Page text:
GP’s LOVE apps which monitor your health. They do so much of the work for us regarding plotting the graphs and calculating the average values. They also help the patient by allowing them to easily see their measurement trends. Withings gives a broad brush stroke overview of your health in their app, from which you can drill down further into the specific data
The unit is powered on from a small power on the end of the metal tube (which for some reason sounds a little sinister written down…anyway)
At which point follow the instructions on the Withings App to detect and install the cuff
After being installed, the unit self-calibrates, following which it is ready to be used.
As long as your phone is switched on, pressing the unit power button will actually open the Withings app to the reads screen, which is really very handy.
From here you can do a straight forward check of your blood pressure, by pressing the start button, or by using the cog in the top right, access Auto Mode.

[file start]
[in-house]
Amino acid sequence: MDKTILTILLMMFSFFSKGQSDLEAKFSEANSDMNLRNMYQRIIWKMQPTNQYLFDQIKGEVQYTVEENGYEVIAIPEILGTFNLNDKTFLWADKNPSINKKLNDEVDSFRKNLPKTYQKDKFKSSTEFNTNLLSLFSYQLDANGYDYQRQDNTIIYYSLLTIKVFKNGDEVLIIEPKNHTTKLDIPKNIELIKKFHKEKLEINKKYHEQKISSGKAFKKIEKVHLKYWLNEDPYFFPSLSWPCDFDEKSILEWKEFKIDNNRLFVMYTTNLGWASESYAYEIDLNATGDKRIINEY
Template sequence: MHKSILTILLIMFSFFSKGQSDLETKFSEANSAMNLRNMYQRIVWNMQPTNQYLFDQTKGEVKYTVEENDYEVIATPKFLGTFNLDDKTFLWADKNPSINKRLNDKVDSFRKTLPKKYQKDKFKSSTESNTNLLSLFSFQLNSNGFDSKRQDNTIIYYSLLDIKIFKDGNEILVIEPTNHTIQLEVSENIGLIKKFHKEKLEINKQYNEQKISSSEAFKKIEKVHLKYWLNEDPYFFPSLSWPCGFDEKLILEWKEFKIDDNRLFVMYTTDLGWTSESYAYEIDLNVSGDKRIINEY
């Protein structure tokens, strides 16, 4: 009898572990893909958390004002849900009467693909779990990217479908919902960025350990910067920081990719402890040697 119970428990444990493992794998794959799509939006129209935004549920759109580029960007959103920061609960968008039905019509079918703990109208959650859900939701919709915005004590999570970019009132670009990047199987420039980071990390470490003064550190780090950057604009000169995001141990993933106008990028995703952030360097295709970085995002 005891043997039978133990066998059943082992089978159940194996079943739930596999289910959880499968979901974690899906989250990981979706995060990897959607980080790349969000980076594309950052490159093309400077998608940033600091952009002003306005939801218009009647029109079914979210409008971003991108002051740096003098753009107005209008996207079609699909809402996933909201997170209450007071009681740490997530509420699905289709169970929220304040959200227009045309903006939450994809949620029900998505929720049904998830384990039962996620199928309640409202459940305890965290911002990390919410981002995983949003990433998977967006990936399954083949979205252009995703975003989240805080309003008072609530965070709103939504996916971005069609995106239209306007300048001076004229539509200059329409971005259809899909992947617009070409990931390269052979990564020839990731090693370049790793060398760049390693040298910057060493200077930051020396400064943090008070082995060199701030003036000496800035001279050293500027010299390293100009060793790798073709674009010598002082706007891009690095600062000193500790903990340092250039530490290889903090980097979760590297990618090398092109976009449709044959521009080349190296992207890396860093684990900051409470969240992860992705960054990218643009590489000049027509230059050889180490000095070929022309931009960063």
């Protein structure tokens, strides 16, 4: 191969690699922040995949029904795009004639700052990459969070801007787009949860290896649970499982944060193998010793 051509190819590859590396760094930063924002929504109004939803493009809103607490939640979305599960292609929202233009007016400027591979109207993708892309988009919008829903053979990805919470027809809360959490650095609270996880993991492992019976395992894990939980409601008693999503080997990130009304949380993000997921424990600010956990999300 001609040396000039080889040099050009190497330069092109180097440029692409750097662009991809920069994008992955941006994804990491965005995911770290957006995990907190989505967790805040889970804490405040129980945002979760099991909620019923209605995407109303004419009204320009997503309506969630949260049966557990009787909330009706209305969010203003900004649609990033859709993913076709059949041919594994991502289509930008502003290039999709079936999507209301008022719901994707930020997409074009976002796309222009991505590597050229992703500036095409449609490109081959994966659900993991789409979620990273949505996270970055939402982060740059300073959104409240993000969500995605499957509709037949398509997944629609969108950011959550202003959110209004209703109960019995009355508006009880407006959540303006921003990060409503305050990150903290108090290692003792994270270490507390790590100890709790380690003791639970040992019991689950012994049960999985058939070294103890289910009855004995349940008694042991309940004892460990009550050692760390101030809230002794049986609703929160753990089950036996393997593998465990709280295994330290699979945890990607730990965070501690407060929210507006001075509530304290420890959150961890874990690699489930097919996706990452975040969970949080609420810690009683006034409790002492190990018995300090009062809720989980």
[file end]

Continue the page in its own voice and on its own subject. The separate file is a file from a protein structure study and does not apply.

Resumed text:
Auto Mode, as shown above, allows the unit to take more accurate readings, by taking three pressures each spaced a user selected time apart. All you have to do is sit there, with the metal bar of the unit in line with your arm, and let the unit do its thing over the next 20-30 secs
The only times I’ve has issues with measurements not working is if the velcro has not been secured, or the metal bar not aligned properly, so the unit cannot detect my pulse.
You can also load up the unit and do single BP readings:
After each recording, you have to opportunity to put any notes – e.g. bike ride last night, or how you are feeling, and see if there is any correlation
The recordings can be viewed immediately in either numerical or graphical form. With colours responding to the low, healthy, borderline and unhealthy ranges of BP
But going back to monitoring your own blood pressure, you can both look at the trend, but also, assuming your practice has an email for such things, send a copy of the data to your GP
This can make your interactions with the GP much more time efficient, as in the button of the above picture is an “activate” toggle which automatically send you BP readings, every day (Please no!!) every week (Useful if planning a medication change) or every month (Useful for long term monitoring)